Inflation drives interest rates. Though the Fed probably wishes it didn’t, it’s an inconvenient truth. There are much tighter correlations, but consider the strong positive correlation between CPI and 10Y notes.
This matters, of course, because with $22 trillion in debt, the US faces the same problem as the ECB and Japan: High interest rates on rising debt levels (the blue bars below) would lead to insolvency. The slight increase in average interest rates (the black line) between 2018 and 2019, for instance, sent interest expense (the red line) soaring.
There are only two ways to keep interest expense from consuming untenable slices of the budget: cut back on spending or bring interest rates back down and keep them down. Since the government isn’t likely to cut spending any time soon, this means focusing on interest rates.
Japan and the ECB have coped with runaway debt by manipulating rates below zero — negative interest rates where you pay the government money to borrow from you. Though not there yet, the US is on the same path, seen most notably lately in the repo market through Not-QE.
The government plays lots of games with inflation. There are many different definitions, some of which include or exclude different expenses such as food, gas prices and rent. Although just as flawed as any, I like good old-fashioned CPI as it includes food and gas prices — things that affect the budget of almost every American and is factored into many important calculations such as cost of living increases.
CPI can be influenced in some very predictable ways, some of which are subject to manipulation such as oil and gas prices. Without harping on geopolitical considerations [see: Coincidences and Consequences] all over again, it’s obvious that the Fed’s effort to keep interest rates low is dependent on keeping inflation under control which, in turn, is dependent on keeping the annual change in gas prices under control. How so?
CPI (which, remember, is a measure of the rate of change in prices) has averaged +1.74% through October 2019, while YoY changes in the price of gas have averaged -6.79%. Months such as January and February, when CPI registered 1.55% and 1.52%, corresponded with the largest YoY drops in gas prices: -13.05% and -10.65%. In April, the only positive YoY change in gas prices (+1.58%) produced the highest CPI measure of the year: 2.0%.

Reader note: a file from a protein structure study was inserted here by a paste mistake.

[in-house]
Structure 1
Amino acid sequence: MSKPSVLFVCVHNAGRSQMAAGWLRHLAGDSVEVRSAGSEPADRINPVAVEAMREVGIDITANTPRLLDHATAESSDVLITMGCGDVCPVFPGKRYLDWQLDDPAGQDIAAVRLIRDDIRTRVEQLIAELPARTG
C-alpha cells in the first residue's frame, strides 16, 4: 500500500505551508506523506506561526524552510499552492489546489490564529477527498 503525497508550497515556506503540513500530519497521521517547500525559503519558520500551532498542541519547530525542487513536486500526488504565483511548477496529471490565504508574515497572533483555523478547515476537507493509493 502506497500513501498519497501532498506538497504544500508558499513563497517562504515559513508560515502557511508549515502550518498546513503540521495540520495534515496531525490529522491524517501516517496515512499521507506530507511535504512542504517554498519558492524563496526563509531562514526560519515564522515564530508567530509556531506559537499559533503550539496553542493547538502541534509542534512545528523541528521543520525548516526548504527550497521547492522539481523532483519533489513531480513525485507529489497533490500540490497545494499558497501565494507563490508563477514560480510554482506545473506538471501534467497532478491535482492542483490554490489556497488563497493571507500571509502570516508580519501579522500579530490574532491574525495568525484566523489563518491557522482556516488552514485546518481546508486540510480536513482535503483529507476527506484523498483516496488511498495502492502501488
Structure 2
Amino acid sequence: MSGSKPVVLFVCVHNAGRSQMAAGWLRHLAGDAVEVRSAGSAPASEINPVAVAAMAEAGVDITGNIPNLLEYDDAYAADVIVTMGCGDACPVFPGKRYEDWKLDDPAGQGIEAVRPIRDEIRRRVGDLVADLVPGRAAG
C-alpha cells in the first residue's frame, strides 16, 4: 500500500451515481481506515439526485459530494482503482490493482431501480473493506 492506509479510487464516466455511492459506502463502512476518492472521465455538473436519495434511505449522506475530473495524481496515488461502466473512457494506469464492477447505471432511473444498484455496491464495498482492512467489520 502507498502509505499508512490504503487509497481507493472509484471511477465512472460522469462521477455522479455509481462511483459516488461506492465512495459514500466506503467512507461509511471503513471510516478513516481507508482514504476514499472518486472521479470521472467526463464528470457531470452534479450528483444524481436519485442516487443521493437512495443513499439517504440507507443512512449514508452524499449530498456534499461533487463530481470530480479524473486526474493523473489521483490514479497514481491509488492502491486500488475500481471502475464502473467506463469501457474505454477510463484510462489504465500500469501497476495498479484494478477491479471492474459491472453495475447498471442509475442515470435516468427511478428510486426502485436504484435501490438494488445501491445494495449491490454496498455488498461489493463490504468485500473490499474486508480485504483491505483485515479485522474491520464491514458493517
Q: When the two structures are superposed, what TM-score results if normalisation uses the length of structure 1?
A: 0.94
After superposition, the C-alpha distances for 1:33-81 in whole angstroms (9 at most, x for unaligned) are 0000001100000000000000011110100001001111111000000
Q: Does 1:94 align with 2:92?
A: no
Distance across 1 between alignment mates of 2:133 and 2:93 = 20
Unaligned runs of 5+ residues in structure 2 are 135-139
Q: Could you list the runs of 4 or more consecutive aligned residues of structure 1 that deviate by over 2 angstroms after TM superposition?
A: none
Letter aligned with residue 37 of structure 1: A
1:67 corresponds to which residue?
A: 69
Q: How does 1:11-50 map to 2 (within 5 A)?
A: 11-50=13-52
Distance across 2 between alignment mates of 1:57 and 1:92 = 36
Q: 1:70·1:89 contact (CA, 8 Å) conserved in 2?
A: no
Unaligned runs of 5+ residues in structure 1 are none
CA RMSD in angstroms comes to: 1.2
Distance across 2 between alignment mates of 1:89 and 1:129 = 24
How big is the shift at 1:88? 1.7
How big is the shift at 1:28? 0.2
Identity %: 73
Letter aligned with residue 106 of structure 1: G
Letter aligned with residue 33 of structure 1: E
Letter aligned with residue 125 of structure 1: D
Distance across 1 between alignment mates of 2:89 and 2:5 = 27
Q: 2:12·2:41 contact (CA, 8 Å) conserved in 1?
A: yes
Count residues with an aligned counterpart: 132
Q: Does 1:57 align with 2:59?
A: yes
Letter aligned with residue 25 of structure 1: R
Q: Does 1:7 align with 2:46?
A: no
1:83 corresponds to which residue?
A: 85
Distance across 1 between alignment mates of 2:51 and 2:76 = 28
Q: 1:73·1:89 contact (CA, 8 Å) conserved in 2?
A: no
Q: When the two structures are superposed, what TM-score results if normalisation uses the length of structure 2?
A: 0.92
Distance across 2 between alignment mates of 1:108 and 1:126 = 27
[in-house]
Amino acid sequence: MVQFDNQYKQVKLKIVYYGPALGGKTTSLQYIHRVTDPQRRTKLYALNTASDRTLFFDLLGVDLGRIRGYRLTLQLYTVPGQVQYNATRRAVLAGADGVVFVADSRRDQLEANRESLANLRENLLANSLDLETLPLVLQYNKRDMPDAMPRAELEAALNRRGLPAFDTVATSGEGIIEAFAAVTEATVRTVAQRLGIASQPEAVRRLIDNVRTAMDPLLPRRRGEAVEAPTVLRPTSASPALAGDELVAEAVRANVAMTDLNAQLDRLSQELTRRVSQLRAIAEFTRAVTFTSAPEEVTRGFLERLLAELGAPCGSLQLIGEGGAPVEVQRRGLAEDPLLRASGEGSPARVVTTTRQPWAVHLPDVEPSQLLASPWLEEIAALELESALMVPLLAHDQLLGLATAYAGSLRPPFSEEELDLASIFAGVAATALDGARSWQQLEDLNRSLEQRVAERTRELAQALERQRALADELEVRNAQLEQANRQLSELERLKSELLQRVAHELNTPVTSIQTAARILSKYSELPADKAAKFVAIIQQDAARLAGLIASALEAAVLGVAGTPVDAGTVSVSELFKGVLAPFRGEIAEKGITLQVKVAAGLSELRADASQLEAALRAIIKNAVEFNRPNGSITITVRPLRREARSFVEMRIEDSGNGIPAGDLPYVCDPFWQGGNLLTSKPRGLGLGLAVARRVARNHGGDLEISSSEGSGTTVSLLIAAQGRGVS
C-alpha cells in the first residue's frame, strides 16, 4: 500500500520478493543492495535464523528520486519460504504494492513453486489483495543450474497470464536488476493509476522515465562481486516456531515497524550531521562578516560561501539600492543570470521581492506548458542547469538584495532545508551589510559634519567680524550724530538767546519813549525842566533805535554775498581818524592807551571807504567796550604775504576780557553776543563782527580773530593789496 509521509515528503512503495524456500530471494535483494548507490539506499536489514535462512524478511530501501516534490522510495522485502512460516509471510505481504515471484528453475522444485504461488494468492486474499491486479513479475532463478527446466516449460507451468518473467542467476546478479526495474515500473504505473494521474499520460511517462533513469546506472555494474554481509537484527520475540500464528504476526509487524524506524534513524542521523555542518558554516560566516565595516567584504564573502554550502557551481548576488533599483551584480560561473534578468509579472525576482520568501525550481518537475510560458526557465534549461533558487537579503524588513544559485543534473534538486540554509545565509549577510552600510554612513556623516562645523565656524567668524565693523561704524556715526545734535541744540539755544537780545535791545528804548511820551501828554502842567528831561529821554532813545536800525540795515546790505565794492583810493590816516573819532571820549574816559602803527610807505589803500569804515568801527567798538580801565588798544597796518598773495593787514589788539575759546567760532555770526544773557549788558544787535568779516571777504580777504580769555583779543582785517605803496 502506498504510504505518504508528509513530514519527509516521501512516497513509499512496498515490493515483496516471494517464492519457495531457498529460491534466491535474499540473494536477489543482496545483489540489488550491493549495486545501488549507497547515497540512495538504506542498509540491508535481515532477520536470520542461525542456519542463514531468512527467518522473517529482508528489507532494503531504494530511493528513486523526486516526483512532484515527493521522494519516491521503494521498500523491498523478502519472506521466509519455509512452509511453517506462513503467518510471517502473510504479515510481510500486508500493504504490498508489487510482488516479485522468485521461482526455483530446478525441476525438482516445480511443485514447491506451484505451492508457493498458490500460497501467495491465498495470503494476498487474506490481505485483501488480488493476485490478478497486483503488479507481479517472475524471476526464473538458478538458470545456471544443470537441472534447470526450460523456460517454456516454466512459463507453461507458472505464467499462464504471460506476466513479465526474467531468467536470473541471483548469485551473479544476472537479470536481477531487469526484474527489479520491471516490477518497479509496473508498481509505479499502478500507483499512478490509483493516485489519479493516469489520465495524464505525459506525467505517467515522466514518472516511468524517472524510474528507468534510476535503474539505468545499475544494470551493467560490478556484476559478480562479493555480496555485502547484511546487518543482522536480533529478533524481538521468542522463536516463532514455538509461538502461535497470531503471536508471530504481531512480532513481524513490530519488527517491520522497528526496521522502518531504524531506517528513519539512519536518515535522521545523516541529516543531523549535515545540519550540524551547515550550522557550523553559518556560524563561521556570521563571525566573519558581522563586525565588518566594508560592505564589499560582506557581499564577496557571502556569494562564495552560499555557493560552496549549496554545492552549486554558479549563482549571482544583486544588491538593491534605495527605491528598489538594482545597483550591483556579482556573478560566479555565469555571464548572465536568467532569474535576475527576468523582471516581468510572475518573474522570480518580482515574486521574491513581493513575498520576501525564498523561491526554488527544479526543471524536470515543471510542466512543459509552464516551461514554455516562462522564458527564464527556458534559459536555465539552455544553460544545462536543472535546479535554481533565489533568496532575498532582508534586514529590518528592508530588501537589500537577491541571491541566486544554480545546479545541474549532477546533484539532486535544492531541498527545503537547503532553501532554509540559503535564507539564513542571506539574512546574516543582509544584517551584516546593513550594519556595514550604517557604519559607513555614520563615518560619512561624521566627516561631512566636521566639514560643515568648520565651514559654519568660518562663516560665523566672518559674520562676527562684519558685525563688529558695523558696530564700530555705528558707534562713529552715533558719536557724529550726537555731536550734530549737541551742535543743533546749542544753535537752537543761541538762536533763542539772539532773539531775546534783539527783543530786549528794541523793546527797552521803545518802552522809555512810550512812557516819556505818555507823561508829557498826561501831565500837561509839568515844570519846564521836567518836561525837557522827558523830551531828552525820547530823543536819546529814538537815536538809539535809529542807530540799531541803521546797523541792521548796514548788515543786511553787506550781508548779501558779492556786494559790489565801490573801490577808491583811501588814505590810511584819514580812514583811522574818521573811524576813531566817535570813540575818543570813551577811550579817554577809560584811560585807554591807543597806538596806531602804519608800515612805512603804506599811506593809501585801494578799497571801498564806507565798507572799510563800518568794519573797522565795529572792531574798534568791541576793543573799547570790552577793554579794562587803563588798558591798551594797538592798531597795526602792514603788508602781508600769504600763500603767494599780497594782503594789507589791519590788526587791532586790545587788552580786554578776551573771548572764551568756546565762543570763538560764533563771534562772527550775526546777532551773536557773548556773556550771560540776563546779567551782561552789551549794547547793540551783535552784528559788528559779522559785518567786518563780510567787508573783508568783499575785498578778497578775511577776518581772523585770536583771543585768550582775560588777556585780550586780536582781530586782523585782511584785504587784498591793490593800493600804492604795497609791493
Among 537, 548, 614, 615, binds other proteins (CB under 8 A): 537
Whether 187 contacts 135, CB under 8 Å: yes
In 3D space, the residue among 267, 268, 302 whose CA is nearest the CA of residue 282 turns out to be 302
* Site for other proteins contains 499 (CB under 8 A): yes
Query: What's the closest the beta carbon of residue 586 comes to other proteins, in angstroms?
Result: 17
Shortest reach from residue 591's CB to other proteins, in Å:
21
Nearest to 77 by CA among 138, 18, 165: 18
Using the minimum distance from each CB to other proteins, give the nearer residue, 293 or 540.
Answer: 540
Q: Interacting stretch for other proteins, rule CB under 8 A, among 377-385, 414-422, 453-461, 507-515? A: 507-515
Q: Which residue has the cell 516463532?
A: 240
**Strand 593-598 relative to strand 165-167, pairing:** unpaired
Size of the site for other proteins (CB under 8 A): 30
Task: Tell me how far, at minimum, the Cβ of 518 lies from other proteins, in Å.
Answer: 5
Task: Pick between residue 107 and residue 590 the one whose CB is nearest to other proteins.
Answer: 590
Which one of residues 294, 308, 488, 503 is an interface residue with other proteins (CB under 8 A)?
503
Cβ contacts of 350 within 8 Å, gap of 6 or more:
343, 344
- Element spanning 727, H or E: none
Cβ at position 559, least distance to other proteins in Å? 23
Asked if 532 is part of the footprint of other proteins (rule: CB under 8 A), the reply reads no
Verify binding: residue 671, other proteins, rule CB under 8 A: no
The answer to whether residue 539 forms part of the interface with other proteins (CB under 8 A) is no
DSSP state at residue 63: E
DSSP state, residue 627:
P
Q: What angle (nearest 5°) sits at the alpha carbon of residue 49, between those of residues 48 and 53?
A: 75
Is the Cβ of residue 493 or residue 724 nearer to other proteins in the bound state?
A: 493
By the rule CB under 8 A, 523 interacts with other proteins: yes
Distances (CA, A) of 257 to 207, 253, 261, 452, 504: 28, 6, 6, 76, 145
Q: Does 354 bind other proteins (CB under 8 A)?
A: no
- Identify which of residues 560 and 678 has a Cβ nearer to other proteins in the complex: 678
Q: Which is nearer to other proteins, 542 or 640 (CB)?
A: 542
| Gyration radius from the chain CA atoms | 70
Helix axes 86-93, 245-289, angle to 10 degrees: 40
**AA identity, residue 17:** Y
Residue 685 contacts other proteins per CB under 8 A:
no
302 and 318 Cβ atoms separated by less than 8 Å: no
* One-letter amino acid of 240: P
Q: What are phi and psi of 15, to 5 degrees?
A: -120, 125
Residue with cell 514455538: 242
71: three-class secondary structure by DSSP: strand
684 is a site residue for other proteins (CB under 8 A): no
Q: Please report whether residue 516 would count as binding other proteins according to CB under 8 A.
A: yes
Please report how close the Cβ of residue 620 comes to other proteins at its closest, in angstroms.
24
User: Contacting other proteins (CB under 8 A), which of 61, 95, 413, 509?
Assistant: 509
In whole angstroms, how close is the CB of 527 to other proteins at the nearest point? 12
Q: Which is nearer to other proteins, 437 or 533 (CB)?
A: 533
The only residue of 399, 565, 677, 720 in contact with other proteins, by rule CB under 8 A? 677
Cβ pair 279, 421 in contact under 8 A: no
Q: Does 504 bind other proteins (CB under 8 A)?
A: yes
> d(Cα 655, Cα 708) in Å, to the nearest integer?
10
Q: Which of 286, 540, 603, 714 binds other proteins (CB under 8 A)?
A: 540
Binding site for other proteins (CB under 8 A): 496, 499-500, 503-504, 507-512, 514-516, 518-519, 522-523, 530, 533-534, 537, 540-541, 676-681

The chart below illustrates the relationship so far in 2019 which simple regression analysis reveals is:
CPI = (0.0263 x YoY change in gas prices) + 0.01918.
In November, the rate of change in gas prices was only -3.16%. All else being equal, this suggests CPI will come in around 1.84% – a modest uptick. However, the first reading in December (unless gas prices fall) would indicate a 9.8% YoY increase in gas prices and a CPI reading of +2.18% or greater.
That, folks, is why the Fed is considering formal changes to the way it evaluates inflation as (not) detailed in the official gobbledygook offered last month. It also explains the various comments made by Fed officials – first suggesting that inflation should target a range rather than a specific level (i.e. 2.0%) and more recently suggesting that inflation should be allowed to “run hot.”
As the Financial Times reported:
The Federal Reserve is considering introducing a rule that would let inflation run above its 2 per cent target, a potentially significant shift in its interest rate policy.
The Fed’s year-long review of its monetary policy tools is due to conclude next year and, according to interviews with current and former policymakers, the central bank is considering a promise that when it misses its inflation target, it will then temporarily raise that target, to make up for lost inflation…
If the Fed adopts this so-called “make-up strategy”, it would mark the biggest shift in how it carries out its interest rate policy since it began to target 2 per cent inflation in 2012.
Most economists would probably suggest that the Fed has been working hard over the years to get inflation up to 2%. I strongly disagree and believe the Fed has used the constant shortfalls as the primary rationale for accommodative monetary policy – the purpose of which is to keep interest rates low and support equity prices.
This latest prevarication is intended to provide cover for the fact that oil and gas prices have been propped up in the lead up to the Aramco IPO. Now that the IPO is in the rear view, we’ll find out whether central banks can really stomach 2.2% CPI or gas prices are about to tumble a good 6-8%.
If the past is any indication, the Fed won’t take a chance on CPI over 2.0% and we’ll see oil and gas prices drop substantially over the next couple of weeks. The White House wouldn’t complain, especially if it helps keep interest rates low.
If I’m wrong, and inflation heads back above 2% (remember, the next tariff is scheduled to arrive on Monday) then we face bigger problems in January (when December CPI is reported.) I’ll post oil and gas price targets below the break.
Meanwhile, it’s Tuesday and futures were off substantially overnight, so of course there’s news on the trade front – particularly in light of the impeachment goings on. S&P futures have spiked 25 points off their overnight lows, but have failed to break out of the falling white channel that leads to a 3.5% correction. This pop should be faded.
Sorry, this content is for members only.
Already a member? Login below…